The Edson Witherel Family

Edson Witherel was born in Leeds County, Ontario, Canada on June 23, 1837.He immigrated to the United States in 1870 with his wife (Melvina Livingston and two children , Seth and Elma).They came first to Michigan’s Clare County, Summerfield Township where Edson bought 160 acres of land just east of the town of present day Leota and near the Muskegon River. It is thought that Edson ran a hotel for the timber logging workers who were using the Muskegon River as their means of transporting logs to the mills downstream.

Edson and Melvina were married before they came to the United States. Melvina was the daughter of Robert and Polly (Knapp) Livingston.Melvina was born March 4, 1846 in Canada, died in 1925 and is buried in the Lakeview Cemetery, Lakeview, Michigan.They had four children: Seth, Elma, Effie, and Edna.

Seth L Witherel was born to Edson and Melvina in Canada on October 18, 1863 (he died February 3, 1951, in Chehalis, Lewis County, Washington). As a young boy, Seth helped his father Edson run the ‘half-way’ house they had built near the Muskegon River and also farmed. He married Lillie Isabella Hilson (she was a dress maker from Farwell Michigan) on June 18, 1891 in Harrison Michigan. Seth was farming in Missaukee County at the time of the marriage.He and Isabella would have four children, Leslie, Norman, Norma and Lucile (two boys and two girls). Seth and his family moved to Lewis County, Washington state in 1910.

Elma A. Witherel was born to Edson and Melvina in Canada on July 30, 1866.She died of scarlet fever on May 3, 1875, while the family lived in Summerfield Township, Clare County, Michigan. The family would soon move north to Missaukee County, Michigan.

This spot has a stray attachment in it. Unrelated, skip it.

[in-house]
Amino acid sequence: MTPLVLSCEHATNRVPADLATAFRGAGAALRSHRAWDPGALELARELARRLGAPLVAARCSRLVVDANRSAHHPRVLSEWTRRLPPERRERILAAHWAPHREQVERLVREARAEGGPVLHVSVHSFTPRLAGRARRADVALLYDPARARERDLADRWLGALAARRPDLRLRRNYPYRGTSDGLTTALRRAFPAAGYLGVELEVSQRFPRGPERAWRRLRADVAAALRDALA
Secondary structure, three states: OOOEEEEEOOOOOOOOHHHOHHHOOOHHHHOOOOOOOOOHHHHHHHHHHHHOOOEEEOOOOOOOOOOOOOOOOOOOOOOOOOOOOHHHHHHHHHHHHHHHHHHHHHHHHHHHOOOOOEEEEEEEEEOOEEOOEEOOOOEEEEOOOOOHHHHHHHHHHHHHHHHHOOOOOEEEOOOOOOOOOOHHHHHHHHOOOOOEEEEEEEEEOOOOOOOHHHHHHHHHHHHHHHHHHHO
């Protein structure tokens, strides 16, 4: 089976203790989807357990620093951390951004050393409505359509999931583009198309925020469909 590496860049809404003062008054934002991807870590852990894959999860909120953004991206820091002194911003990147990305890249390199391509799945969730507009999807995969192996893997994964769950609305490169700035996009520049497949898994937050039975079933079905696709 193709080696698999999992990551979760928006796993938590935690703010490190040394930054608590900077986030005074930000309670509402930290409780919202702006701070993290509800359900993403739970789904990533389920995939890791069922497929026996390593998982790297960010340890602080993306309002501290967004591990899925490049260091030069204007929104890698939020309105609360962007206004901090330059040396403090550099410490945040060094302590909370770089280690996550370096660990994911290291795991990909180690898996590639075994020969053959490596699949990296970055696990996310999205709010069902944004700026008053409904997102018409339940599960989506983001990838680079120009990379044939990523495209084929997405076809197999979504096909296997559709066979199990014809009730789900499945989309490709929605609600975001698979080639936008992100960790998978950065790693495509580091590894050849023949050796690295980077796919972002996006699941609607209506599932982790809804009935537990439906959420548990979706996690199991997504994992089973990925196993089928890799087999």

Effie Orletta Witheral was born to Edson and Melvina in Clare, Michigan on March 11, 1875 (she died April 3, 1939, in Dover, Florida). She married Henry Wynand Modders (he was a farmer from Moddersville Michigan) on December 6, 1895 in Harrison, Michigan. Effie was teaching in Moddersville, Michigan at the time of the marriage. She and Henry would have four children, Eva, Ernest, Ruth and Esther (three girls and one boy). It’s interesting to note that Effie’s maiden name of Witheral would be spelled different than the rest of the family (Witherel). This spelling difference of families last name seemed to be more common from that time in history.

Effie and Henry owned and farmed 80 acres of land just east and south of Moddersville (that property in Section 17 today is shown on the plat book as being owned by Elizabeth Gruenberg). They would eventually sell this land and move. The family moved to Merritt in 1908, to Cadillac in 1910 (living there for 6 years). They also resided in Holland, Grand Haven, Muskegon Heights and Benton Harbor, Michigan. Effie and Henry began to travel to Florida in the mid 1920’s for the winter and eventually acquired some land and a small house near Plant City, Florida. It was here that Effie died in 1939.Henry was a barber, carpenter and minister during his lifetime while Effie was a school teacher.